8 cool things you didn’t know about Beavers! – International Beaver Day
Beavers have a great ability to shape the environment and their engineering skills are already famous all around the world. Of course, everyone knows about their ability to build dams, originally created to protect their family. However, this has in turn a strong impact on the natural ecosystem. Infact, forcing the water to slow and stopping the rivers in their tracks, they create a “beaver pond”, that helps the water to be better absorbed by the land, contrasting both droughts and floods.
But there are some other things that make Beavers interesting to discover:
- They used to be giant in the past: during the Ice Age, beavers were much bigger than now! Known as “Castoroides,” they looked very similar to their modern descendants but with 200 pounds more they grew to be up to 8 feet long!
- They secrete a chemical compound that smells like vanilla: named as “Castoreum”, it’s an FDA-approved natural flavoring coming mostly from a beaver’s castor sacs, located under the tail.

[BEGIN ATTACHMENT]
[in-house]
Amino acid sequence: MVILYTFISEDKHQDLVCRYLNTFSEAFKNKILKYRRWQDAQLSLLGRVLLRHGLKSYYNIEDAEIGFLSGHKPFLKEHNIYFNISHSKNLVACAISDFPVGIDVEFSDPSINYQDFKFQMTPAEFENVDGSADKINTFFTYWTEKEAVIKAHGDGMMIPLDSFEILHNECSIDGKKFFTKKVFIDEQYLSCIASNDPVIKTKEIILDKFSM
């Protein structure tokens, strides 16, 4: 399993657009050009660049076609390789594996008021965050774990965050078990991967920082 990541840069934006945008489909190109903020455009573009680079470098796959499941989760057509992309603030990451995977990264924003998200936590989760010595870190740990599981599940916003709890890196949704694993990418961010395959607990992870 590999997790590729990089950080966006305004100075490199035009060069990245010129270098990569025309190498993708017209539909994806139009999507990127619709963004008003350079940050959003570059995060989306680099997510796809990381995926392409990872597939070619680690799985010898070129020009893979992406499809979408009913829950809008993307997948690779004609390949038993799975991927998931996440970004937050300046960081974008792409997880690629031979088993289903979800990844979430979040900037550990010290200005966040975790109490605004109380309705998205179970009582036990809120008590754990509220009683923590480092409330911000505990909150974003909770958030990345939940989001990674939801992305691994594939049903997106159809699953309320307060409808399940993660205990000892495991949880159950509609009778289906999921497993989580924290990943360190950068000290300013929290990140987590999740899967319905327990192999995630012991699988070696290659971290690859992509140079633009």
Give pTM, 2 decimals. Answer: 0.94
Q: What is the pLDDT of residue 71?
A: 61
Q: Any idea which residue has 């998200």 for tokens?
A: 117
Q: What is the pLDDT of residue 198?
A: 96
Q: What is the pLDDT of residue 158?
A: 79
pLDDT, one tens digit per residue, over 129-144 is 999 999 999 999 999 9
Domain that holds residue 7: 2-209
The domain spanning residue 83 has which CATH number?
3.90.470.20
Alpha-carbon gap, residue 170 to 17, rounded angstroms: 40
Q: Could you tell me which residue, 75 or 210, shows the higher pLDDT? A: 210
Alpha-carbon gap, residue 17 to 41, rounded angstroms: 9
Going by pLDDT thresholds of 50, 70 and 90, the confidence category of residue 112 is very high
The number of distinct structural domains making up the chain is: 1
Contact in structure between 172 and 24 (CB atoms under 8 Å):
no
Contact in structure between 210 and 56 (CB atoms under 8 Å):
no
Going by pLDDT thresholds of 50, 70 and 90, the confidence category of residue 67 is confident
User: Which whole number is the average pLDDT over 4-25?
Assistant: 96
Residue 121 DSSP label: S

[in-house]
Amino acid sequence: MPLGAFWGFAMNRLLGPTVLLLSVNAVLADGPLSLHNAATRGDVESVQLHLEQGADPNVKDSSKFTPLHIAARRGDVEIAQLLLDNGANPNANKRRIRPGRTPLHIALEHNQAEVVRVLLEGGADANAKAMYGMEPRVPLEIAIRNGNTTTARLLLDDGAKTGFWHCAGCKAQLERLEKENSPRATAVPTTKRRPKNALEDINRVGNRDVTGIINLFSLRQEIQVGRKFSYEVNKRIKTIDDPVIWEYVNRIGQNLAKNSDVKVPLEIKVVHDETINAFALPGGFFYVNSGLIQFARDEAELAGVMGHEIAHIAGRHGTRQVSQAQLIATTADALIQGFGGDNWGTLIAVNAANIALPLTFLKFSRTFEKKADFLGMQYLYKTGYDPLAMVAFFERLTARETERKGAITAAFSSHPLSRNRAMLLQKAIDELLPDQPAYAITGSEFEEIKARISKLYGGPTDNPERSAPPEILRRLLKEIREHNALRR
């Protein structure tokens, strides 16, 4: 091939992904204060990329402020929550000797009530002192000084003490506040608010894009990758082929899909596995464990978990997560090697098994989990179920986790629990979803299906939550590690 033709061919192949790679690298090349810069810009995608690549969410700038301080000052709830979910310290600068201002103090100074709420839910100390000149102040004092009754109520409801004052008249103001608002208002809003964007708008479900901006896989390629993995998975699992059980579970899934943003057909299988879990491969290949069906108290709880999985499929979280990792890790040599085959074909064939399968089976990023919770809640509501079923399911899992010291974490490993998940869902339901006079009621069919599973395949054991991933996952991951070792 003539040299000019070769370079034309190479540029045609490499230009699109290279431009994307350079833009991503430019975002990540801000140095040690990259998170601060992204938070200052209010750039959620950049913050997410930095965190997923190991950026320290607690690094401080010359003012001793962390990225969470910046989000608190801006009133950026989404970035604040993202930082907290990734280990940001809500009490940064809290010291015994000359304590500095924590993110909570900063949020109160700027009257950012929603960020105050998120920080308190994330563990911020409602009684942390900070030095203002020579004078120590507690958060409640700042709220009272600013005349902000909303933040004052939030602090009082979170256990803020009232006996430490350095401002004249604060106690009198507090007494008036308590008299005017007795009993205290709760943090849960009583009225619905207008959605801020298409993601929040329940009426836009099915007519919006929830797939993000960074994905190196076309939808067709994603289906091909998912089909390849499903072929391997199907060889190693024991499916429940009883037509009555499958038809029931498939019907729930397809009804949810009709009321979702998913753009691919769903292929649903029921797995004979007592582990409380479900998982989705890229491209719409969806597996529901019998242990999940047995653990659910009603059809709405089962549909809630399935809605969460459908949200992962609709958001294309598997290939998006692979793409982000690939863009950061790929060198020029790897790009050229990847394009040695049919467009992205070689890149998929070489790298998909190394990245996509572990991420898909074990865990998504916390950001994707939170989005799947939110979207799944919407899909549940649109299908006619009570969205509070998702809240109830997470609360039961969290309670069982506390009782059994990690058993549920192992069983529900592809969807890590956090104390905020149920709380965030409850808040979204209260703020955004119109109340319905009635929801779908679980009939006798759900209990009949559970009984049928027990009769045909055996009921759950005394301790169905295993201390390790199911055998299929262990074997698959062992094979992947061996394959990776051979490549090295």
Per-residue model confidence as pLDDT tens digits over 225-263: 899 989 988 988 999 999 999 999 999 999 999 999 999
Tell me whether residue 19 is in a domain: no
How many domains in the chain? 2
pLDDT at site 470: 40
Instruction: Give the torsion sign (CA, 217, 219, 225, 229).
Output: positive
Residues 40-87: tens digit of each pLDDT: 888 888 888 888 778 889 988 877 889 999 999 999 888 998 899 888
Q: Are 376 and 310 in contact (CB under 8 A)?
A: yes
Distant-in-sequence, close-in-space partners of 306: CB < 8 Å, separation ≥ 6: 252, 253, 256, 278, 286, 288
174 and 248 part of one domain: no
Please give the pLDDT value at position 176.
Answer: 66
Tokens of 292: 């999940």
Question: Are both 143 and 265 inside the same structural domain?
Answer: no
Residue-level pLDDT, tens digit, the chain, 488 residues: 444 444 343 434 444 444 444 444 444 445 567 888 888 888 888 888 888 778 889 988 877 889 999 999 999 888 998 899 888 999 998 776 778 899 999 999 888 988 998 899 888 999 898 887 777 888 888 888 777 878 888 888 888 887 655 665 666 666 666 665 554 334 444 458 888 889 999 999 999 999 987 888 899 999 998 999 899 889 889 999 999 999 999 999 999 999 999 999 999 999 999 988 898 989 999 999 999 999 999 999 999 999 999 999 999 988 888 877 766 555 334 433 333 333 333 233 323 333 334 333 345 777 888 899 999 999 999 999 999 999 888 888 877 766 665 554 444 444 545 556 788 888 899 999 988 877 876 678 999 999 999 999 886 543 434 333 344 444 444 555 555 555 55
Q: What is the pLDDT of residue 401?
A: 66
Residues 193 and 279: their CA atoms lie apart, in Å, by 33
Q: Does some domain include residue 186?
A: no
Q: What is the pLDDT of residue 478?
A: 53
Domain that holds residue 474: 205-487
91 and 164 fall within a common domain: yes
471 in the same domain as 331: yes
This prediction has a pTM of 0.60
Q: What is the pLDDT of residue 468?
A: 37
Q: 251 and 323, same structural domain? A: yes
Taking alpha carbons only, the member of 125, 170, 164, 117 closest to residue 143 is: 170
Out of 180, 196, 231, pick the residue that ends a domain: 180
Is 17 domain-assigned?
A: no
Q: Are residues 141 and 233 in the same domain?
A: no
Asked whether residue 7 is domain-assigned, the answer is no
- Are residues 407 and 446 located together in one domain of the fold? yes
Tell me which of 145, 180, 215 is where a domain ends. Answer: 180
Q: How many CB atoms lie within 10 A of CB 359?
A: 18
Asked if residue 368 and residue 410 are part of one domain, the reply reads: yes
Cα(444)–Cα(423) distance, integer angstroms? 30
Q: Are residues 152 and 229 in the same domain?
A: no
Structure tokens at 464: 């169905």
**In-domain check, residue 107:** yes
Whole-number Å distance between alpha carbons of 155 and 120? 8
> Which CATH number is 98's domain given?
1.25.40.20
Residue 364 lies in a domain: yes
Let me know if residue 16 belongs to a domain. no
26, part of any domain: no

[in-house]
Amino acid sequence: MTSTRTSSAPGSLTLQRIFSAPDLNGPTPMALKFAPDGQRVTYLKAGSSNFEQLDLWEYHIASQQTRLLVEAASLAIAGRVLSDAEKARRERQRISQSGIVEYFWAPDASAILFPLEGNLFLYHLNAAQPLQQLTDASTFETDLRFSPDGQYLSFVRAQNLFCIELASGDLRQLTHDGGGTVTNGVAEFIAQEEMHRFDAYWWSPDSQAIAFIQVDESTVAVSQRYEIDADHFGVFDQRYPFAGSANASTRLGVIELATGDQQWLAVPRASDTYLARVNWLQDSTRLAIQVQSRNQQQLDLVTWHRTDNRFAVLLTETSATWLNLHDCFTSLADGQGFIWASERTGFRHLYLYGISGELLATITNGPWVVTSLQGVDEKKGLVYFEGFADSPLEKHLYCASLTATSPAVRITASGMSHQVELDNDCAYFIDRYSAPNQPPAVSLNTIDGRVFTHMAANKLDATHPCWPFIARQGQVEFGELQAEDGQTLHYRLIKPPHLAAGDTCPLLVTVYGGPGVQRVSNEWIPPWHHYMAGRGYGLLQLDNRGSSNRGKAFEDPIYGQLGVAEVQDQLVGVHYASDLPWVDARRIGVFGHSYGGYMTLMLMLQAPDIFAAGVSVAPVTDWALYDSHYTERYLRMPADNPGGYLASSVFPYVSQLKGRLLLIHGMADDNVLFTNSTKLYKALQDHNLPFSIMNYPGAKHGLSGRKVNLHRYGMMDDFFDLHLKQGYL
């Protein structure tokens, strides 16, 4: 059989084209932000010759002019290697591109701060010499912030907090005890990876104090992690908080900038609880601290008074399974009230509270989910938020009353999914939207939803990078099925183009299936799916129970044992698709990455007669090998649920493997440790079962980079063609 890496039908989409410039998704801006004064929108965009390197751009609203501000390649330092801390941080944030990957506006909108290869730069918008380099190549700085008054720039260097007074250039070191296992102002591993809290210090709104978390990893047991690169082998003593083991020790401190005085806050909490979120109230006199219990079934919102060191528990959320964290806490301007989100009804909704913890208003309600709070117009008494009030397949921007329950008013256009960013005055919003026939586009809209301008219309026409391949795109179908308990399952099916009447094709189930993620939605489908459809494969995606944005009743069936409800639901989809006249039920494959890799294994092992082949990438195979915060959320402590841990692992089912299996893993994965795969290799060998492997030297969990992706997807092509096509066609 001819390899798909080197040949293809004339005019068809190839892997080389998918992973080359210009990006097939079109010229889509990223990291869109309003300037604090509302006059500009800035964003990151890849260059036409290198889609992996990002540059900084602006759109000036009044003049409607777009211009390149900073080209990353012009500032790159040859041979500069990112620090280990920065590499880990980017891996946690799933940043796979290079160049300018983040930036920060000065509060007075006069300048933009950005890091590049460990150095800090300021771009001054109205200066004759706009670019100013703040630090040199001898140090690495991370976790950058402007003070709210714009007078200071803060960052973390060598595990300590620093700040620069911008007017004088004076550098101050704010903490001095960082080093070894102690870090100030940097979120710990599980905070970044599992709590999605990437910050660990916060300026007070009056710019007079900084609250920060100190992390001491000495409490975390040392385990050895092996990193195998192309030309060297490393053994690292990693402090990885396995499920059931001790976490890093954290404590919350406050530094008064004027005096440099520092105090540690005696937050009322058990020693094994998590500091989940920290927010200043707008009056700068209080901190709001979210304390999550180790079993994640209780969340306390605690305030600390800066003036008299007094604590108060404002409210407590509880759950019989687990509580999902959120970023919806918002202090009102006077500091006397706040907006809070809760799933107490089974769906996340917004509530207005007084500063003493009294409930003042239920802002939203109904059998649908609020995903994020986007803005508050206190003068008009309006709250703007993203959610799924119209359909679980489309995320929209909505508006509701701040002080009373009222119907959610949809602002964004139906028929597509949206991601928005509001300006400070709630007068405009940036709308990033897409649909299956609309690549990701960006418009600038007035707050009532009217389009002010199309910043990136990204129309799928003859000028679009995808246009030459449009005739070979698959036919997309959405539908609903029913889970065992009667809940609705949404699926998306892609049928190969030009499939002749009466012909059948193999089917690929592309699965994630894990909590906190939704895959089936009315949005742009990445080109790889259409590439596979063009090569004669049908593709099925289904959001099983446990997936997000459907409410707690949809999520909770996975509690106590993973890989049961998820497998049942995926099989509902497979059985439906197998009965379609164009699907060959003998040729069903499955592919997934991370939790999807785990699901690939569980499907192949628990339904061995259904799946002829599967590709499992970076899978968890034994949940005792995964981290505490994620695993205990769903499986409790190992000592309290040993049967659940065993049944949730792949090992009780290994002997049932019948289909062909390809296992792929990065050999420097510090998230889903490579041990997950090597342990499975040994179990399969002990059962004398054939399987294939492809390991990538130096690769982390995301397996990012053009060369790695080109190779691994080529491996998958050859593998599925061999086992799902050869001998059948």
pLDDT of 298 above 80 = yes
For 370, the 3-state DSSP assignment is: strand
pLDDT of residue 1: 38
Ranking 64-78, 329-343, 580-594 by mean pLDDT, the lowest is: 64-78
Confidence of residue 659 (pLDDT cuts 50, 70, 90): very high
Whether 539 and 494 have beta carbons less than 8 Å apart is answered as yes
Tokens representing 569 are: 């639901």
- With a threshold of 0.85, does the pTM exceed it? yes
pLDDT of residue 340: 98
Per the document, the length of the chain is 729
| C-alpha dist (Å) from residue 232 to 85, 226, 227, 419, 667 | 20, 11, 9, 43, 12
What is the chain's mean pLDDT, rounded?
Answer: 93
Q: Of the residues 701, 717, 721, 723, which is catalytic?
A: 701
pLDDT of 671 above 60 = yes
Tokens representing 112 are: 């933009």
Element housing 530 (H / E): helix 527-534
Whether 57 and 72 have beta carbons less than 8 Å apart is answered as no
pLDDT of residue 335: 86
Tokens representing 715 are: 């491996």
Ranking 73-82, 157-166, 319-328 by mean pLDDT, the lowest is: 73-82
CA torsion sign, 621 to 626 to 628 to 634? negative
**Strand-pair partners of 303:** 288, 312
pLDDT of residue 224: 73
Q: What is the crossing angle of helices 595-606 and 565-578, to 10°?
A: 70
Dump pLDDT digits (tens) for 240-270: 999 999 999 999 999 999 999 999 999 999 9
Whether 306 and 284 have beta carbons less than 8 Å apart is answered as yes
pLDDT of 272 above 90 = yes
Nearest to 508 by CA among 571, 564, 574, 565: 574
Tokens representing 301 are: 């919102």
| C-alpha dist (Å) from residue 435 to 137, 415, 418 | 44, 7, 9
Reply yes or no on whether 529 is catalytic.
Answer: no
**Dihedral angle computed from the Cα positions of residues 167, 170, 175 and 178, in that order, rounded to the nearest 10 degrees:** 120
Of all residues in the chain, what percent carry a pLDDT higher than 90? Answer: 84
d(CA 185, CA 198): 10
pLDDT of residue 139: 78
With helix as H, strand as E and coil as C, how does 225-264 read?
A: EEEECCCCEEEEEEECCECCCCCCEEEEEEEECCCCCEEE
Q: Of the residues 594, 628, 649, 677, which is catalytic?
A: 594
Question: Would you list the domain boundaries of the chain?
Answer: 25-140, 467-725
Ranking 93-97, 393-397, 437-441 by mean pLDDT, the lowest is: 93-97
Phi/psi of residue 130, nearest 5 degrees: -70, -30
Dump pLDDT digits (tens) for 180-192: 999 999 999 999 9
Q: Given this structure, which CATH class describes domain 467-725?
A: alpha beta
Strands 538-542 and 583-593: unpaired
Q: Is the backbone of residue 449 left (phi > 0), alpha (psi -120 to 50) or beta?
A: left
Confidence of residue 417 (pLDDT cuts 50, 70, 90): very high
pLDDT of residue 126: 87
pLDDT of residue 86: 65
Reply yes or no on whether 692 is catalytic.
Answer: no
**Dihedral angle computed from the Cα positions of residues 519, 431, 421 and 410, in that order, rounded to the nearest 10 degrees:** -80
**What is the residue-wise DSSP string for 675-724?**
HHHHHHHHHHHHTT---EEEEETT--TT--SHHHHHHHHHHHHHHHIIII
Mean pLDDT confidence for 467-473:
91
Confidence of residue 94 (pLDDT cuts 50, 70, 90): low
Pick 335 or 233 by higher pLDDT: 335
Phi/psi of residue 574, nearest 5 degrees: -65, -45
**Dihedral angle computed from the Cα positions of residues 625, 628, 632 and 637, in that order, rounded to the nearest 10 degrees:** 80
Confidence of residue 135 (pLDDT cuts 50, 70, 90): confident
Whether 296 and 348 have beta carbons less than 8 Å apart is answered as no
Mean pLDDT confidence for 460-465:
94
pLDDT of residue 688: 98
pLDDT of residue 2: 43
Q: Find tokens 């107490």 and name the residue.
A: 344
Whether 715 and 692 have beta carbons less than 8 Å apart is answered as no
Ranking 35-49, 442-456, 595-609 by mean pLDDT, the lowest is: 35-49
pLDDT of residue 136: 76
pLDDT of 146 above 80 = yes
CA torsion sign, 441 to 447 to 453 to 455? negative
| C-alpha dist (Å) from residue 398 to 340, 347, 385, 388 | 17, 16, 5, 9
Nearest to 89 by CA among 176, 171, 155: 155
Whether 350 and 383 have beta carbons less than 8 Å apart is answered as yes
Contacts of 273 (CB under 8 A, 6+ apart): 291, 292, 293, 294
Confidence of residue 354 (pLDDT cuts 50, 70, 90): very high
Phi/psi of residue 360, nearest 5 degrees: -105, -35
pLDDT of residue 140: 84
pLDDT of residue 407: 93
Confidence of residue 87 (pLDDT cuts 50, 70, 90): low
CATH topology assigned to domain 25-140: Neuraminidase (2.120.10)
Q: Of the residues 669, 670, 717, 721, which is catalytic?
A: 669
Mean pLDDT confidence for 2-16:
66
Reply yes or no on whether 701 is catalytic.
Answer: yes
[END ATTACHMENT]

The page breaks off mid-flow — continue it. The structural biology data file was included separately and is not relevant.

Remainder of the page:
- Their dams can be enormous: probably built by multiple generations of beavers since 1970s, the world’s largest beaver dam was discovered in Alberta, spotted on a satellite image in 2007. It reaches 850 metres!
- Beavers are unusually romantic: the young male, looking for love usually starts to build a dam, where the whole beaver family will live in the future. Like Penguins they are monogamous!
- In 1948 they traveled by parachute: threatend by the inhabitants of western Idaho, the Idaho Department of Fish and Game to save these threatened beavers, put them in a nearby protected area using surplus parachutes from World War II, dropping boxes of beavers down from planes.
- Beavers have orange teeth: to gnaw and bit tree trunks, beavers need extra-strong teeth. The reason is the Iron contained within the tooth, that makes them incredibly strong, sharp, and orange.
- Dams help the temperature control: One of the reasons why beavers build the dam, is to ensure that the lake behind it will grow deep enough, ensuring it will not freeze during the winter. This is crucial because beavers anchor a food cache to the bottom of the lake, as sustenance during the cold months.
- They have multi-purpose tails: usually up to 15 inches long and 6 inches wide, beavers’ tails are used both on land, as a counterbalance while bringing heavy supplies in their teeth and in the water, as a rudder or to warn other beavers of a predator coming.
Happy International Beaver Day from the Kiwa Family!